The production of 'Hir' runs at The Unicorn Theater through June 24. For ticketing and information, visit UnicornTheatre.org.

Italian Food In Kansas City (R)

Jun 4, 2018

Hear the story behind a classic Kansas City restaurant, then visit a new cafe that's located inside an antique mall. Plus: we revisit our Food Critics' search for the best Italian food in and around KC, from beloved old-school favorites to interesting new takes on the cuisine.

Guests:

Segment 1: How a sea voyage inspired a fashion collection.

Her grandparents immigrated to America from England in the hull of a ship. Hear how that journey helped inspire a collection at this year's West 18th Street Fashion Show.

  • Amani Skalacki, jewelry designer/stylist

West 18th Street Fashion Show, 8 p.m. Saturday, June 9 on West 18th Street between Baltimore and Wyandotte Streets, Kansas City, Missouri 64108.

Segment 1: How a tattoo interacts with technology.

A tattoo artist in Topeka inks soundwave tattoos, which play a recorded sound with the help of your phone. Hear more about it.

Segment 2, beginning at 14:12: The story behind Loose Park's rose garden.

It's a beloved KC landmark that's been the setting for weddings, prom photos and picnics. More on this fragrant oasis in the city.

Segment 1: The latest on the resignation of Missouri governor Eric Greitens.

Misouri governor Eric Greitens has been at the center of a whirlwind of scandals, which culminated in his resignation yesterday. Catch up on what's going on.

Segment 2, beginning at 6:42: How to combat fake news.

Andrea Tudhope / KCUR 89.3

It's an iconic summer activity, especially in KC: pulling your car into a big gravel lot and watching movies under the stars.

In a time where there are so many ways to consume media, we examine the appeal of the drive-in ... and look at the past, present and future of this particular type of movie theater.

Guests:

Segment 1: How to grill sausages and burgers.

It's almost Memorial Day weekend, and many Kansas Citians will be pulling out the grill for backyard cookouts. The owner of a butcher shop/restaurant shares his tips on the best way to cook sausages and burgers on the grill. Plus, a local chef on how he went from cooking in fine dining restaurants to opening a fried chicken joint.

Mary Ellen Matthews / NBC

Last weekend wrapped up yet another season of Saturday Night Live.

For cast member and Kansas City native Heidi Gardner, it was an incredible debut.

Gardner was one of three new cast members who joined the show last September.

Now that the season is over, she had time to Skype with Central Standard guest host Michelle Tyrene Johnson about what it was like to work on NBC’s legendary show.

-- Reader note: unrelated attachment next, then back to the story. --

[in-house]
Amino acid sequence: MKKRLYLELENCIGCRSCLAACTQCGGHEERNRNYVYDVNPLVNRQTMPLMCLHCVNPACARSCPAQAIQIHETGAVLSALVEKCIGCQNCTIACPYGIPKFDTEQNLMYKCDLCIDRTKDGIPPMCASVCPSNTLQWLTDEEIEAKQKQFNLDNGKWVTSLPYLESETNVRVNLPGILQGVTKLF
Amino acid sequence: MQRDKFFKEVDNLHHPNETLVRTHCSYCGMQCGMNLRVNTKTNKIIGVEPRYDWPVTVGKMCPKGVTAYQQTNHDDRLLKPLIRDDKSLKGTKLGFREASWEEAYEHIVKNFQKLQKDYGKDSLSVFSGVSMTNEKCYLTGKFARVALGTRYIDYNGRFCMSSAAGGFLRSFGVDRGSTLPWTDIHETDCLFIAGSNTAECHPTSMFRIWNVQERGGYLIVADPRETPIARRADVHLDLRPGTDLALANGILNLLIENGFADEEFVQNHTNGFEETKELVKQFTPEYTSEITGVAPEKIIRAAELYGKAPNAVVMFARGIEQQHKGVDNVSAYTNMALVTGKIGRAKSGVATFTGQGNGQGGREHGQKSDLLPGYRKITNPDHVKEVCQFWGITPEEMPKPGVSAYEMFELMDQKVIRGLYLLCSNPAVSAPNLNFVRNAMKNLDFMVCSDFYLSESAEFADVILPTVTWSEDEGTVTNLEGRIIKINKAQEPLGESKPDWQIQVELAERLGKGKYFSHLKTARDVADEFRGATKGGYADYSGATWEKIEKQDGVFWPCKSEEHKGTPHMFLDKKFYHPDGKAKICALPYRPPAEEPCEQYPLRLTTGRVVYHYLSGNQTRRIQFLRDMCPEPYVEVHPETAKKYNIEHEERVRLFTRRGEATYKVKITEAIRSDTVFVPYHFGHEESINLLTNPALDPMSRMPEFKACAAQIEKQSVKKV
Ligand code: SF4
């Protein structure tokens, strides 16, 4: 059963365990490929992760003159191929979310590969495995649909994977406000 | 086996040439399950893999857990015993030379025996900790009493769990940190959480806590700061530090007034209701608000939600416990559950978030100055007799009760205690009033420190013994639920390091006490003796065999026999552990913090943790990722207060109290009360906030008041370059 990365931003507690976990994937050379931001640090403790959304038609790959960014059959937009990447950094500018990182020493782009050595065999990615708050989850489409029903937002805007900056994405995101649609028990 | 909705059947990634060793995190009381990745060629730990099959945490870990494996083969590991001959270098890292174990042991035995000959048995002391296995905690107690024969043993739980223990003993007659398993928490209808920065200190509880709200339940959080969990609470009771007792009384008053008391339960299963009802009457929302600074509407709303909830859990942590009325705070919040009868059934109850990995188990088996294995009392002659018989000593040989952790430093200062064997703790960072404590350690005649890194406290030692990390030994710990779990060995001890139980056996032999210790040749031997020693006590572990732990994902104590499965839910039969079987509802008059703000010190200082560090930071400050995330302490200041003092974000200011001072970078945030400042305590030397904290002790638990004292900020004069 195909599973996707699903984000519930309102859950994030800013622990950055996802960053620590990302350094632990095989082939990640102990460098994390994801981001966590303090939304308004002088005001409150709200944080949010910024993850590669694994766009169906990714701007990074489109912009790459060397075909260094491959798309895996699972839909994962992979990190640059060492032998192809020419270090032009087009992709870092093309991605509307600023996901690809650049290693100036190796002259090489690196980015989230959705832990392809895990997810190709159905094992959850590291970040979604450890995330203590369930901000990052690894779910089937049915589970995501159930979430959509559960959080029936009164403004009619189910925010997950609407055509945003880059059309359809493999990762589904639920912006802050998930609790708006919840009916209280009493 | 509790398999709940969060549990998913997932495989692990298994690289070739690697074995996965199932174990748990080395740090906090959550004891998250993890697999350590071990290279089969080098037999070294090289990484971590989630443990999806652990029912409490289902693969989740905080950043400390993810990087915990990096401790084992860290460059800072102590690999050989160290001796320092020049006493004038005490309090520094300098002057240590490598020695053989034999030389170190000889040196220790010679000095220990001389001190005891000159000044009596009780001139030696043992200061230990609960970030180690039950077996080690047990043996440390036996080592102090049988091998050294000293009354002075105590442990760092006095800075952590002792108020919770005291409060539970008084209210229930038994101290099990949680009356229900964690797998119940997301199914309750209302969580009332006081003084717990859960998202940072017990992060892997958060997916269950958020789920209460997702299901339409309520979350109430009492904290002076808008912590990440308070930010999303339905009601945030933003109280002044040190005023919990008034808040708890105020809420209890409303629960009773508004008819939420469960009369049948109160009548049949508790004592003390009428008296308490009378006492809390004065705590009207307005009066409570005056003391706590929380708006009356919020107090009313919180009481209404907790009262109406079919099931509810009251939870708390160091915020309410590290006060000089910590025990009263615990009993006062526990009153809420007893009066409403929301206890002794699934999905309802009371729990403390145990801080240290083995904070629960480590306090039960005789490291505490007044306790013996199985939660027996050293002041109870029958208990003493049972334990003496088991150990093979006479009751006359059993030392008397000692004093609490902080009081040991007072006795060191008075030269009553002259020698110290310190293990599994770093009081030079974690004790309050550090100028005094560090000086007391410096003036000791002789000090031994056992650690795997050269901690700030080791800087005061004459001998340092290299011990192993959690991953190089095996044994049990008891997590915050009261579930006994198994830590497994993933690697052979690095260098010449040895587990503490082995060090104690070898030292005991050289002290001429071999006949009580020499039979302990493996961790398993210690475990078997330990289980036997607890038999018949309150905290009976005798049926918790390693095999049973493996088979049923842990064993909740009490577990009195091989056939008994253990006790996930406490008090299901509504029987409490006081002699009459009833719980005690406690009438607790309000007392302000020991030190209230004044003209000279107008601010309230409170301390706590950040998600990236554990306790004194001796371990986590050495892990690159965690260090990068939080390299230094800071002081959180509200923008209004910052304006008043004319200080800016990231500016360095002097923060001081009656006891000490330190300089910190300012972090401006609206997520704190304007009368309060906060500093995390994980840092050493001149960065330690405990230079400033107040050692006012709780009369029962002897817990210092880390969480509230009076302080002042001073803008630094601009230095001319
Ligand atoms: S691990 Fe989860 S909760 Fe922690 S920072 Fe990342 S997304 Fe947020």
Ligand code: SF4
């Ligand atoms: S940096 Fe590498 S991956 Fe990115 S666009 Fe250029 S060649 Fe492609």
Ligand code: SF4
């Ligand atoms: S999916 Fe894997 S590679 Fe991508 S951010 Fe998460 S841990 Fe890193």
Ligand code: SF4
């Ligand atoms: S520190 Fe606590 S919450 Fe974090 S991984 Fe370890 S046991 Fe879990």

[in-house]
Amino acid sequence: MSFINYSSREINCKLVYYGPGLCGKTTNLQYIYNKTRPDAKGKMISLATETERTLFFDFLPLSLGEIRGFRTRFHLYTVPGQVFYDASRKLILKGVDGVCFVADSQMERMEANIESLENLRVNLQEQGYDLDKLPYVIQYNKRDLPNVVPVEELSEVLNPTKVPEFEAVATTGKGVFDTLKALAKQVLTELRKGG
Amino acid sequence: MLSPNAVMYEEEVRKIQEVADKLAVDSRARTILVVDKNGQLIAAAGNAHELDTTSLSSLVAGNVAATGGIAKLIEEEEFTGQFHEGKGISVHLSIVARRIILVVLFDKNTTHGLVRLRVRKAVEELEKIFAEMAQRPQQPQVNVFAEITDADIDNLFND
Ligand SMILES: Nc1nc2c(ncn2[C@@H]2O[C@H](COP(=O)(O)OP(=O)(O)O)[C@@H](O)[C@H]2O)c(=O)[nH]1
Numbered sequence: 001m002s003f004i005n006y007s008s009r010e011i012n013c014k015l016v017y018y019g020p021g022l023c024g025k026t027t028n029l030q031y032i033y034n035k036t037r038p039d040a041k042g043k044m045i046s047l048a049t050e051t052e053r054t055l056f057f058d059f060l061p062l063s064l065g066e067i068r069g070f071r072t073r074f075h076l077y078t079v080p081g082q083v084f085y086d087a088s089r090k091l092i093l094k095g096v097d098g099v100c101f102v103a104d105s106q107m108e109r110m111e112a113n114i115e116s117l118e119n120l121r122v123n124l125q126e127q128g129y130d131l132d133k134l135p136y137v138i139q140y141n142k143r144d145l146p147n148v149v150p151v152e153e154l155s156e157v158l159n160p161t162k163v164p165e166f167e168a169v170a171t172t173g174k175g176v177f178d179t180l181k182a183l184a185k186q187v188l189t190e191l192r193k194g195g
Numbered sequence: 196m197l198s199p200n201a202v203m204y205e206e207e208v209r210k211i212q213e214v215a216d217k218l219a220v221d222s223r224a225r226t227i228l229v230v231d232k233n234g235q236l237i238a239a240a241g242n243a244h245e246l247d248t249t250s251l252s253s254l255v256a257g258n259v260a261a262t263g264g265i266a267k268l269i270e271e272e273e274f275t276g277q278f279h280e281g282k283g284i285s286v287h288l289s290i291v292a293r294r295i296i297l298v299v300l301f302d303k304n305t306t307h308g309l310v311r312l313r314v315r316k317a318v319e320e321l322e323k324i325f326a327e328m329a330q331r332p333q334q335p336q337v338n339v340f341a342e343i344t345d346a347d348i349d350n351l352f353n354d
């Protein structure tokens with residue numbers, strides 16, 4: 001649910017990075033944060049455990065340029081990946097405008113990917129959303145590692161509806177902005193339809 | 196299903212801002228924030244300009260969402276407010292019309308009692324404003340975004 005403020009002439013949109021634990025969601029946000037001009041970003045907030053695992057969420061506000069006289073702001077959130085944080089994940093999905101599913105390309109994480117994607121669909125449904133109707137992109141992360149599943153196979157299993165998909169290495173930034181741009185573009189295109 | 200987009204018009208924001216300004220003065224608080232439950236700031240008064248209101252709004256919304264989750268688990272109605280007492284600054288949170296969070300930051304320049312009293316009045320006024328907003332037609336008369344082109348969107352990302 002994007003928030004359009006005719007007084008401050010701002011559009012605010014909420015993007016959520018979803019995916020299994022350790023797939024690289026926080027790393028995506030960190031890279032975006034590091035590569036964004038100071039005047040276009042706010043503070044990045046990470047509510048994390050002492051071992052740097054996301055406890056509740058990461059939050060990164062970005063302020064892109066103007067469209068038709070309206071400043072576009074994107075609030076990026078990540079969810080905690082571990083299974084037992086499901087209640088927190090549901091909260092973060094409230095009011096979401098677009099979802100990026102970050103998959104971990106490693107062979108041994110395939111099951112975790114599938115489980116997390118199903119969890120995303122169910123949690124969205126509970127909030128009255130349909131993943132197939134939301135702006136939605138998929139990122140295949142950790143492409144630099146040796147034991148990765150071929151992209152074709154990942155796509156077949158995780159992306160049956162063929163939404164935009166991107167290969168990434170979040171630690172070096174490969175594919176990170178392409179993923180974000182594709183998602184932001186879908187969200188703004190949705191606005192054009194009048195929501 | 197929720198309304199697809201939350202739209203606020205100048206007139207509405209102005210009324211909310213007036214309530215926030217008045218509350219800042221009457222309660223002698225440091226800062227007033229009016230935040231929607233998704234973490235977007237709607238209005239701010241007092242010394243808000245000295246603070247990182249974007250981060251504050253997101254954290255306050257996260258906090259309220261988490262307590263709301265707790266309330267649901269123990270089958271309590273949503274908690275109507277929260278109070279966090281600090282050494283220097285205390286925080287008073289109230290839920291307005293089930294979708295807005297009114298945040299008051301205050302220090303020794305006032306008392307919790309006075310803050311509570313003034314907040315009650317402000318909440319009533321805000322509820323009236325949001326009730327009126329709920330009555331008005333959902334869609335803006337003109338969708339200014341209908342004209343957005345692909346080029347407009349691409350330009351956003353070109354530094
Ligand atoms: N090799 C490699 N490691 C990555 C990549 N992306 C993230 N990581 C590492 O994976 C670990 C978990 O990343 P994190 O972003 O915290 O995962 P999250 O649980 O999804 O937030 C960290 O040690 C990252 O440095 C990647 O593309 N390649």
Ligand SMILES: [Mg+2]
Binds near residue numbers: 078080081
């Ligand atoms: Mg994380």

Segment 1: What does diversity in the workplace look like today?

When people talk about diversity and inclusion in the workplace, it's usually from the standpoint of the employer. But what about the employee perspective? And for local professionals of color, how does it translate to the day-to-day realities of going to work?

Families living in the Kansas City Public Schools district have more school options than ever before.  Is school choice improving education for all? A special broadcast of a live forum about this issue.

Segment 1: A look at Childish Gambino's latest music video.

 The single 'This is America' by Childish Gambino has inspired plenty of conversations on race, identity and culture. We take a closer look at the meaning behind both the song and video. 

  • Glenn North, poet
  • David Muhammad, rapper and teacher, Shawnee Mission East

Segment 2, beginning at 22:38: The dangers of profiling of proxy.

New And Noteworthy Podcasts Of 2018

May 21, 2018

What gets you interested in history? For some people, it's the pomp of a royal wedding that gets them digging into the annals of British aristrocracy. Today, we discuss the royal wedding and find out why one history podcast is paying close attention to it. We'll also check out other new and noteworthy podcasts that came out this year.

Guests:

Paul Andrews / www.paulandrewsphotography.com

As a kid growing up on his family’s farm in Louisburg, Kansas, David Wayne Reed just wanted to perform.

He wore his mom’s heels, a cinched-up shirt as a dress, and a wig to entertain visiting seed salesmen. He also choreographed dances for the hay crew.

“As kind of a slightly effeminate little kid, (farming) was hard, it was masculine, and I didn’t know that I really fit in. I kind of felt like a little bit of a square peg,” Reed told guest host Brian Ellison on KCUR’s Central Standard.

David Wayne Reed

May 18, 2018
Paul Andrews / www.paulandrewsphotography.com

He's an actor, writer, storyteller ... and now, filmmaker. While growing up on his family's farm in Louisburg, Kansas, David Wayne Reed used to dress in drag and perform shows for the hay crew and visiting seed salesmen. He became a founding member of KC's Late Night Theatre. And in his new film, he returns to his farm roots.

Segment 1: From Abilene to KC: The history of Sprint.

It's a multi-billion dollar company with thousands of local employees. But did you know that Sprint got its start in Abilene, Kansas? Over a century ago, a farmer-turned-businessman started stringing lines through town and bought up local independent telephone companies. Hear how the company grew from there.

Segment 1: The cultural and personal history of T-shirts.

T-shirts are our personal billboards; they can make a statement about what we care about or where we've been. Inspired by "My Tee & Me," a new exhibit at the Kansas City Museum, we take a look at why T-shirts are so interwoven with our cultural history as a country ... and our own personal histories as well.